This theatre is much smaller than the arena and was probably used more for cultural activities and stage plays. It is dated back to around 2AD and was build into the hill on the backside. There is a cavern network under some of the theater that can be seen looking through the grates in the front area.
In Roman times Porta Gemini was the approach to the city theatre. Its semi-circular stone seats were arranged along the east slope of the city hill Kaštel. The remains of the stage house have been preserved at the level of foundation walls and parts of the semi-circular auditorium, which were preserved, reconstructed in part, and presented archaeologically. The theatre had three monumental entrances.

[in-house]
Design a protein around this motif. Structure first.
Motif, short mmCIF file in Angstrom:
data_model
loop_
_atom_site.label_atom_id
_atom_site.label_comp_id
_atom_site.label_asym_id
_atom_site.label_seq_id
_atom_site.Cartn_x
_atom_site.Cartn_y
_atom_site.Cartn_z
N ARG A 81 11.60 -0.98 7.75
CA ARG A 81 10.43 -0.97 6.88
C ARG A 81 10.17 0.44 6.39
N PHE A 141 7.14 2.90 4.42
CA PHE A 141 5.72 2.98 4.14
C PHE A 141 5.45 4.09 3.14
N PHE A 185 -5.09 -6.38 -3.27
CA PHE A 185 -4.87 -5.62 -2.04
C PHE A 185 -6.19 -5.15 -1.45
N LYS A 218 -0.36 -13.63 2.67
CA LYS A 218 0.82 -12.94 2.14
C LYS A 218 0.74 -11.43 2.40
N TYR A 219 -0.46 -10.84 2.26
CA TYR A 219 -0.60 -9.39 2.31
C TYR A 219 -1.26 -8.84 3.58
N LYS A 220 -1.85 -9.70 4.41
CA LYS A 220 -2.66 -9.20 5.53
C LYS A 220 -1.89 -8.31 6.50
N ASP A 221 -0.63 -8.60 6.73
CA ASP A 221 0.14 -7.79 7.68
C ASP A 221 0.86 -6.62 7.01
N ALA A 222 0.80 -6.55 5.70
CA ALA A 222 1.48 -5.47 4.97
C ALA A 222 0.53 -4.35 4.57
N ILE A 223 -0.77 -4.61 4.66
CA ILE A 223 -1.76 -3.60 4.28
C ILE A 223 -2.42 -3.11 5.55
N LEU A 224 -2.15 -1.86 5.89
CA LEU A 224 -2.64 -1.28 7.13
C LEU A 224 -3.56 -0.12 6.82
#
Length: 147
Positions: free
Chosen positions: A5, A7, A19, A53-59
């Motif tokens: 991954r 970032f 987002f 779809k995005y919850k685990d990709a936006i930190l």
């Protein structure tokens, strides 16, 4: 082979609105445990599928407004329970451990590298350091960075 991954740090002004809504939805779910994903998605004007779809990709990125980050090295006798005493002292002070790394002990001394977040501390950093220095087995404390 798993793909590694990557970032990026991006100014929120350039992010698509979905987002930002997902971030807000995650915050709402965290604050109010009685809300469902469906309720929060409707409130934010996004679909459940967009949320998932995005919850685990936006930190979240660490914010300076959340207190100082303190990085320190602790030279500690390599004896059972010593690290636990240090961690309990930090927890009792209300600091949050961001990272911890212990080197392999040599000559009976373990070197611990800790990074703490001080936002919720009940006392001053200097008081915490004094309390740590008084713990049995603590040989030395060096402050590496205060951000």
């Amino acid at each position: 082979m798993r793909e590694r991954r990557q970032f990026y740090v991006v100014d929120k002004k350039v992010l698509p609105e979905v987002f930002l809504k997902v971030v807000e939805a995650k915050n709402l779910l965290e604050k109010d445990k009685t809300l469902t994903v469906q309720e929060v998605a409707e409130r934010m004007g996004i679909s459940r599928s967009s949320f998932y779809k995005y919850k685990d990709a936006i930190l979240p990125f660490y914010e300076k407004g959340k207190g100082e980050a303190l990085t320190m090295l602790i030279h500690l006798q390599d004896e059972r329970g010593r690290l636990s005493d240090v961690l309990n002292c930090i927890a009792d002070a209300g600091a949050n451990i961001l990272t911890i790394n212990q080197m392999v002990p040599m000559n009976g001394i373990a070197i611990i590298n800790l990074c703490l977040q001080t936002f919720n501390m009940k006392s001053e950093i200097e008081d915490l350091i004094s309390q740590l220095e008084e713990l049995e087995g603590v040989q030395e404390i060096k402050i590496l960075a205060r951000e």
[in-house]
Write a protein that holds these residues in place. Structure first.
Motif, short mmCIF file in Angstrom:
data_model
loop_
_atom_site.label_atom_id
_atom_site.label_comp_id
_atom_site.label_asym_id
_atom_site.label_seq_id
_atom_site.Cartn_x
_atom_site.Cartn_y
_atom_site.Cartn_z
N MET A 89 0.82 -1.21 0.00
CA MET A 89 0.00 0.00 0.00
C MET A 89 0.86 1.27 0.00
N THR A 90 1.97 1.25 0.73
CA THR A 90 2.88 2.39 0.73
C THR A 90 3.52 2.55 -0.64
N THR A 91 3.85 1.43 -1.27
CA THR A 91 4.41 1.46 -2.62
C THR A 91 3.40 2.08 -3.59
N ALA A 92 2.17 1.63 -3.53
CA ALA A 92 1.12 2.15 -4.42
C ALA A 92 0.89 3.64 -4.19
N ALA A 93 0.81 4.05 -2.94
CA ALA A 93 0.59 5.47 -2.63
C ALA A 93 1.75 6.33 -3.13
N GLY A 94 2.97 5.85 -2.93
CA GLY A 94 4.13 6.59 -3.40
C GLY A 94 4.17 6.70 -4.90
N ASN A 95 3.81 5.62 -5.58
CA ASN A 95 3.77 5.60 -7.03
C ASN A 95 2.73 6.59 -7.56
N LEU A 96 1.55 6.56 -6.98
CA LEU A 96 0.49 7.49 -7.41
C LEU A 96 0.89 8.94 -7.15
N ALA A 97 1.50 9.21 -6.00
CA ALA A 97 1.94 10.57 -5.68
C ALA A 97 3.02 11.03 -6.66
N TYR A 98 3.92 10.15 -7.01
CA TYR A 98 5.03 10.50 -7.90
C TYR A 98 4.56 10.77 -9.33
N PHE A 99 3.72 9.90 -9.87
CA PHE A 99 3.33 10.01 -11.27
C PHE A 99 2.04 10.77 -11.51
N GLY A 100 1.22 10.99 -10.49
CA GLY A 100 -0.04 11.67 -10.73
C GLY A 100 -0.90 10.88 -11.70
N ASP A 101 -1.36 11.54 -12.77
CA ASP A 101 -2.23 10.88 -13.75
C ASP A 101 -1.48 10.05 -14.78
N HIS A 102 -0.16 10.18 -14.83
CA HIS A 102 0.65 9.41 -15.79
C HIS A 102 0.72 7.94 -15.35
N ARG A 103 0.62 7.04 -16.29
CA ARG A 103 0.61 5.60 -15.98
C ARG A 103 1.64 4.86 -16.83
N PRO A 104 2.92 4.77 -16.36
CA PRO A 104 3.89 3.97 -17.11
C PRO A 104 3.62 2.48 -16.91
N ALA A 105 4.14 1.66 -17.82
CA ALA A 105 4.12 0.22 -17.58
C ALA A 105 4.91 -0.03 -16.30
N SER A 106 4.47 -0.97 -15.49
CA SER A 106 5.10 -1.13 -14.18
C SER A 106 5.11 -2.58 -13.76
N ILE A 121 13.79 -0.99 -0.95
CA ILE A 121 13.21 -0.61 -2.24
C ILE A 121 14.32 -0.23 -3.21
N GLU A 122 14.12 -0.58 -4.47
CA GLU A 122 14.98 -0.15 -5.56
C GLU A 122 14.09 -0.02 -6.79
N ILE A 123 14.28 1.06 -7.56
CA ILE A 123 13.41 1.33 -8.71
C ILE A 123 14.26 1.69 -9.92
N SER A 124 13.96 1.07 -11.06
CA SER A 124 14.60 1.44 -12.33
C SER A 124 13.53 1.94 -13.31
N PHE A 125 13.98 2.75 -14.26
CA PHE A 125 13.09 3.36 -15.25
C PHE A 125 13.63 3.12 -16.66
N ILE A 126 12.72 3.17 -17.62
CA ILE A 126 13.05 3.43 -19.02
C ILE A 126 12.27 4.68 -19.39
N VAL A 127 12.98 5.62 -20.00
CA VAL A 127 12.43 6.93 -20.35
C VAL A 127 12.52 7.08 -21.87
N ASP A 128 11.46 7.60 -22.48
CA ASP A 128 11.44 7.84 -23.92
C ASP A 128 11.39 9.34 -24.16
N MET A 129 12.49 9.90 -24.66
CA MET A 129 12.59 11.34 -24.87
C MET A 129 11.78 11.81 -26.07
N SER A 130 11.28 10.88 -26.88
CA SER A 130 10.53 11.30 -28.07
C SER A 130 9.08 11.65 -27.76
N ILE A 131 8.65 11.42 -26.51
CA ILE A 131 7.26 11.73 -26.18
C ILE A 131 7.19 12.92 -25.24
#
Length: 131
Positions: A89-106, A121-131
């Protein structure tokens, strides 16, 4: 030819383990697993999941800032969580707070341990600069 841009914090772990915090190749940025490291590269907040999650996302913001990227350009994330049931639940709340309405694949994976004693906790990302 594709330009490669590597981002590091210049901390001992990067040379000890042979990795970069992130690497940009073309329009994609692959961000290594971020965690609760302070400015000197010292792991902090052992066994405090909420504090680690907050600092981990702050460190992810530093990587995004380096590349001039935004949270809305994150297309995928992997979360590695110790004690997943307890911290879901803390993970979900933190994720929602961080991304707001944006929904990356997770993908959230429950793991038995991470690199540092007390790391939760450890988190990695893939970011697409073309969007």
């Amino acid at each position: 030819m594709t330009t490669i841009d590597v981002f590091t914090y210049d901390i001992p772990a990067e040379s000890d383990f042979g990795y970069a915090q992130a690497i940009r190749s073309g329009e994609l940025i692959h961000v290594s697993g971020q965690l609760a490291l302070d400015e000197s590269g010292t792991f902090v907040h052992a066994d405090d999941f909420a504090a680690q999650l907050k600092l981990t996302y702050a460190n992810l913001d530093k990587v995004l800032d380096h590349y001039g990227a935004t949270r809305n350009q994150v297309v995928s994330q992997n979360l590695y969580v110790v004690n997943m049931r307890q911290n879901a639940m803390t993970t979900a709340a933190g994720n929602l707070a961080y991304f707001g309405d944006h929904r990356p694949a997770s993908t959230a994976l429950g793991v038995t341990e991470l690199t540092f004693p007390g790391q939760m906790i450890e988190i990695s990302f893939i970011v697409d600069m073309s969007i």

There were two theatres in Pula in classical antiquity. The other, much larger, was located outside the city walls, just like the amphitheatre and made use of the slope of the nearby hill Zaro.
There were two theatres in Pula in Roman times, one on the top of the Montezaro Hill (only a fragments of it left now) and the second one on the Ka?tel Hill, which can be seen on this picture. It is situated right behind the Archaeological Museum of Istria.
Ka?tel Hill dominates the huge port of Pula and here you can see the remains of the fortress from where the Romans have controlled this strategicaly important point.